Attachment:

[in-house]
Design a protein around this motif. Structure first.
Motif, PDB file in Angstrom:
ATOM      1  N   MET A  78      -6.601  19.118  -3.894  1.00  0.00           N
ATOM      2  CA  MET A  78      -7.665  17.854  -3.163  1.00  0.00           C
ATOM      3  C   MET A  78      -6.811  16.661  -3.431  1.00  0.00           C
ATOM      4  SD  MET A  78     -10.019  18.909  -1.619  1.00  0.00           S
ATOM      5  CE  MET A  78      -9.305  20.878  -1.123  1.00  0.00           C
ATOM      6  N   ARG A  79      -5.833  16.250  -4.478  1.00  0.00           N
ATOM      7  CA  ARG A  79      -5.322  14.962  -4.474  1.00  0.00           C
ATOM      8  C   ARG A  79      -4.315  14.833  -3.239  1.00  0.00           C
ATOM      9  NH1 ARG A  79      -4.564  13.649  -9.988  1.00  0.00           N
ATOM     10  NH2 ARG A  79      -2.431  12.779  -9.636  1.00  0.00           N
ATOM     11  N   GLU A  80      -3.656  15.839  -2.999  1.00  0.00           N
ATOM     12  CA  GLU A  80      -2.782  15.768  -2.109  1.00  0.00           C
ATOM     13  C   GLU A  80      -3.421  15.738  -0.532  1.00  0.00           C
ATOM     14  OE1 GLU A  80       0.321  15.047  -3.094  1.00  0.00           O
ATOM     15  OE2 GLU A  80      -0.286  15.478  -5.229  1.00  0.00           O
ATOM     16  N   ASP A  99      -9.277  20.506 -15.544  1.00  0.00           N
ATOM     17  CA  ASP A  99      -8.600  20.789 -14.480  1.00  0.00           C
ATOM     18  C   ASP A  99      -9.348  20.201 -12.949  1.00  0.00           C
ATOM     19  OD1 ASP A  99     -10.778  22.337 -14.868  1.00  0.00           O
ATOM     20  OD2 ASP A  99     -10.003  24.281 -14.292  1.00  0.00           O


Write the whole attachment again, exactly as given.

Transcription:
[in-house]
Design a protein around this motif. Structure first.
Motif, PDB file in Angstrom:
ATOM      1  N   MET A  78      -6.601  19.118  -3.894  1.00  0.00           N
ATOM      2  CA  MET A  78      -7.665  17.854  -3.163  1.00  0.00           C
ATOM      3  C   MET A  78      -6.811  16.661  -3.431  1.00  0.00           C
ATOM      4  SD  MET A  78     -10.019  18.909  -1.619  1.00  0.00           S
ATOM      5  CE  MET A  78      -9.305  20.878  -1.123  1.00  0.00           C
ATOM      6  N   ARG A  79      -5.833  16.250  -4.478  1.00  0.00           N
ATOM      7  CA  ARG A  79      -5.322  14.962  -4.474  1.00  0.00           C
ATOM      8  C   ARG A  79      -4.315  14.833  -3.239  1.00  0.00           C
ATOM      9  NH1 ARG A  79      -4.564  13.649  -9.988  1.00  0.00           N
ATOM     10  NH2 ARG A  79      -2.431  12.779  -9.636  1.00  0.00           N
ATOM     11  N   GLU A  80      -3.656  15.839  -2.999  1.00  0.00           N
ATOM     12  CA  GLU A  80      -2.782  15.768  -2.109  1.00  0.00           C
ATOM     13  C   GLU A  80      -3.421  15.738  -0.532  1.00  0.00           C
ATOM     14  OE1 GLU A  80       0.321  15.047  -3.094  1.00  0.00           O
ATOM     15  OE2 GLU A  80      -0.286  15.478  -5.229  1.00  0.00           O
ATOM     16  N   ASP A  99      -9.277  20.506 -15.544  1.00  0.00           N
ATOM     17  CA  ASP A  99      -8.600  20.789 -14.480  1.00  0.00           C
ATOM     18  C   ASP A  99      -9.348  20.201 -12.949  1.00  0.00           C
ATOM     19  OD1 ASP A  99     -10.778  22.337 -14.868  1.00  0.00           O
ATOM     20  OD2 ASP A  99     -10.003  24.281 -14.292  1.00  0.00           O